Savita’s death sparks outcry over abortion law
By Devirupa Mitra - NEW DELHI
16th November 2012 09:22 AM
The death of 31-year-old Indian dentist Savita Hallapanavar in an Irish hospital has snowballed into a rallying point for those who are against near-total ban on abortions in Ireland. It has also turned into a diplomatic issue, with India terming Savita’s death a “matter of concern”.
Savita was admitted to University College Hospital in Galway in Western Ireland in the 17th week of her pregnancy on October 21, following complaints of severe back pain. When doctors told her that she was about to have a miscarriage, Savita repeatedly asked for an abortion.
Only after three days, when the heartbeat of foetus could no longer be detected, was it surgically removed from her body. But, Savita contracted septicemia and died on October 28.
One of the doctors gave the reason “this is a Catholic country”, for not allowing abortion, a front page story published on November 14 in Ireland’s top newspaper, ‘Irish Times’, quoted Savita’s husband Praveen Halappanavar as saying.
Speaking to reporters, Savita’s father Andanappa Yalagi said in Karnataka that it was a combination of doctors’ negligence and Irish abortion laws that killed his daughter. Savita’s body was brought back to Karnataka for cremation.
“In an attempt to save a four-month-old foetus, they killed my daughter. How is that fair?” said Savita’s mother A Mahadevi, who reminded that Catholic law should be not applied on them as they are Hindus. She also requested Prime Minister Manmohan Singh’s intervention.
“We deeply regret the tragic death of Halappanavar. The death of an Indian national in such circumstances is a matter of concern,” said External Affairs Ministry Spokesperson Syed Akbaruddin. He said the Indian Embassy in Dublin is following the matter closely. Following the outcry, the Irish Government had announced two inquiries into Savita’s death -- one by the hospital and another by the Irish Health Department. “We are awaiting the results of both inquiries,” Akbaruddin said.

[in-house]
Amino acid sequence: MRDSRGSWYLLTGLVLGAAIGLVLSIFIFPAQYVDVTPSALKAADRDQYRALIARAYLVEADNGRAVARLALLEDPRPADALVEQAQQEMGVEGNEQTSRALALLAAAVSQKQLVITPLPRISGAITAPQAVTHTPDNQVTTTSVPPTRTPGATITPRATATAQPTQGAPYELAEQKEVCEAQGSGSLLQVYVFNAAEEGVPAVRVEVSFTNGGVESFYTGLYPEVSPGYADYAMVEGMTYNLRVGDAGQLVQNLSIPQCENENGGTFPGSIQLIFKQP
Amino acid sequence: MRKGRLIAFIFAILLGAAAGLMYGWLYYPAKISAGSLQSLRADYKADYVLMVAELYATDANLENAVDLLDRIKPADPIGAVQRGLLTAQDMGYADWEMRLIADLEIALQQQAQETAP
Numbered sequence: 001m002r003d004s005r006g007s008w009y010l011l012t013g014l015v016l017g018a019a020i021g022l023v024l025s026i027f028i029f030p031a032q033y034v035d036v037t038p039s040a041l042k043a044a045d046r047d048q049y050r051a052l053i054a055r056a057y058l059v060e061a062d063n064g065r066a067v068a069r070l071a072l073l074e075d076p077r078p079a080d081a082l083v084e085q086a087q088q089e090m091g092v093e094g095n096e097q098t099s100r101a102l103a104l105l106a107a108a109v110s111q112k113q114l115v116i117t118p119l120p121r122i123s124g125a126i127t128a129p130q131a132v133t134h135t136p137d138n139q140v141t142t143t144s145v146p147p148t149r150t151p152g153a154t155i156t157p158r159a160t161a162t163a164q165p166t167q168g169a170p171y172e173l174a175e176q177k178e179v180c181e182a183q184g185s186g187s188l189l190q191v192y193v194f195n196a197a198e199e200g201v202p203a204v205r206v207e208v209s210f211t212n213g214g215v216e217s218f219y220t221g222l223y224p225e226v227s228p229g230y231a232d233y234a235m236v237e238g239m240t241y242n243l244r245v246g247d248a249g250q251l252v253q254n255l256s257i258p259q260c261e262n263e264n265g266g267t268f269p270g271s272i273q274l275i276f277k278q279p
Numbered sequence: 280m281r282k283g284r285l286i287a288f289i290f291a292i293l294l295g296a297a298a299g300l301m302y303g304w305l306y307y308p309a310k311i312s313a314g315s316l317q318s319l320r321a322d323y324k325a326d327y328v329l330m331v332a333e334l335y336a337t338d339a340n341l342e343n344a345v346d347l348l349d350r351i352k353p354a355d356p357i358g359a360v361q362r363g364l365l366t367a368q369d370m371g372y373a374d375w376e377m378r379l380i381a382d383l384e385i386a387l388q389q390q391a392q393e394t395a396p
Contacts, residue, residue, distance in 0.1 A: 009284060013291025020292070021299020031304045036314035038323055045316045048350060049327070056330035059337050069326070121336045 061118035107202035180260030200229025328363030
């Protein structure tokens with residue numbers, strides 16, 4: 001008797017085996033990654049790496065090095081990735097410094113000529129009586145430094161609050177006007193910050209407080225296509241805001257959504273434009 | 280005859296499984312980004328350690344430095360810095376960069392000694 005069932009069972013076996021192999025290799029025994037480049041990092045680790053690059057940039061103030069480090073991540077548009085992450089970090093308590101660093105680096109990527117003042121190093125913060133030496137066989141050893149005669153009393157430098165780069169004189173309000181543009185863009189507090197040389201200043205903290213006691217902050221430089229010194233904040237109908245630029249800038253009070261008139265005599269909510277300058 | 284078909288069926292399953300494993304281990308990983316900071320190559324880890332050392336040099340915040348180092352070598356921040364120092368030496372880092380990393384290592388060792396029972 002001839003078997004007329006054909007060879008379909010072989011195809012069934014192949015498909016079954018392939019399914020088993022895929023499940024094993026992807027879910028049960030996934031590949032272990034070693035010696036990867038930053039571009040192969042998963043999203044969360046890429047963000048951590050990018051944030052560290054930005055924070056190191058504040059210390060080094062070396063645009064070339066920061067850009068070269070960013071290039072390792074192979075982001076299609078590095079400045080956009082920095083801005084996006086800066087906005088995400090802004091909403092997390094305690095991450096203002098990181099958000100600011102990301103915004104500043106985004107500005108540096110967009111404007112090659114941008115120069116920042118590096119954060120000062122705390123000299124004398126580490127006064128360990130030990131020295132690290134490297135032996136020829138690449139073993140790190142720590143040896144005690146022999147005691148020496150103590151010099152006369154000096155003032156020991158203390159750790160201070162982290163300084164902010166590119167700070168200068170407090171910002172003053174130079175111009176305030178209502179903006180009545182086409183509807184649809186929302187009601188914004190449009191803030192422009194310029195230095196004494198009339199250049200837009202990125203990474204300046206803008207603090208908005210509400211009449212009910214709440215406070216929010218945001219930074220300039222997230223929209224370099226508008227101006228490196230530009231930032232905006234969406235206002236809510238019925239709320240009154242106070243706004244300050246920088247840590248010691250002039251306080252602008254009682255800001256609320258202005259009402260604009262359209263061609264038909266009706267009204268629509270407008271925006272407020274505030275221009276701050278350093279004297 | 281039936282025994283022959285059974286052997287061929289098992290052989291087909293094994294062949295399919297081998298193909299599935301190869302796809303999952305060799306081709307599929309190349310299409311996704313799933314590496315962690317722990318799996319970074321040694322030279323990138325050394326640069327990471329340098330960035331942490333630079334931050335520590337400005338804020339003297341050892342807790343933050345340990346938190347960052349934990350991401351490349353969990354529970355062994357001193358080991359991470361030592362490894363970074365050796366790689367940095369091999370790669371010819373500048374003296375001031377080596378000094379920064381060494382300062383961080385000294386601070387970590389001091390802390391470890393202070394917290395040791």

Irish Health Minister James Reilly warned that the inquiry should not be prejudged and asserted that it had to “stand up to world’s scrutiny”.
On his part, Irish Prime Minister Enda Kenny did not rule out an independent inquiry after the results of the current probes were out. Indian officials said it would be difficult for New Delhi to directly intervene in the matter, till the inquiries were completed and results shared.
Meanwhile, the BJP asked External Affairs Minister Salman Khurshid to intervene in the matter. The National Commission of Women Chairperson Mamta Sharma told reporters that Ireland should have rules to deal with cases like that of Savita.
On Wednesday evening, over 2,000 people attended a candlelight vigil in front of Irish Parliament seeking a legislation on abortion.
- You are aiming high, but beware of marketers selling you as an FMCG
- High Court's 'sensual' ruling seems unwedded to reality
- Ready to tune in the lord, catch him up on Twitter
- 'Early monsoon beneficial for kharif crops'
- 95 per cent stolen goods not recovered in Kerala, says NCRB
- Deadly year for encephalitis feared in India
- A mobile phone for Kerala CM, finally
- India becomes Kenya's largest Asian trading partner
- Indian Coast Guards help rescue 26 crew from shipwreck near Yemen
- Army Major captures 'UFO' in Kerala
- Now pay less for roaming calls, texts
- Callgate: Doctors were prime target for Biju, Saritha Nair
- 73 dead, over 71,000 stranded as rains batter Uttarakhand, UP
- Thousands missing near Kedarnath shrine
- Congress raking up secularism issue to hide its failures: BJP
- Wedlock valid only if consummated: HC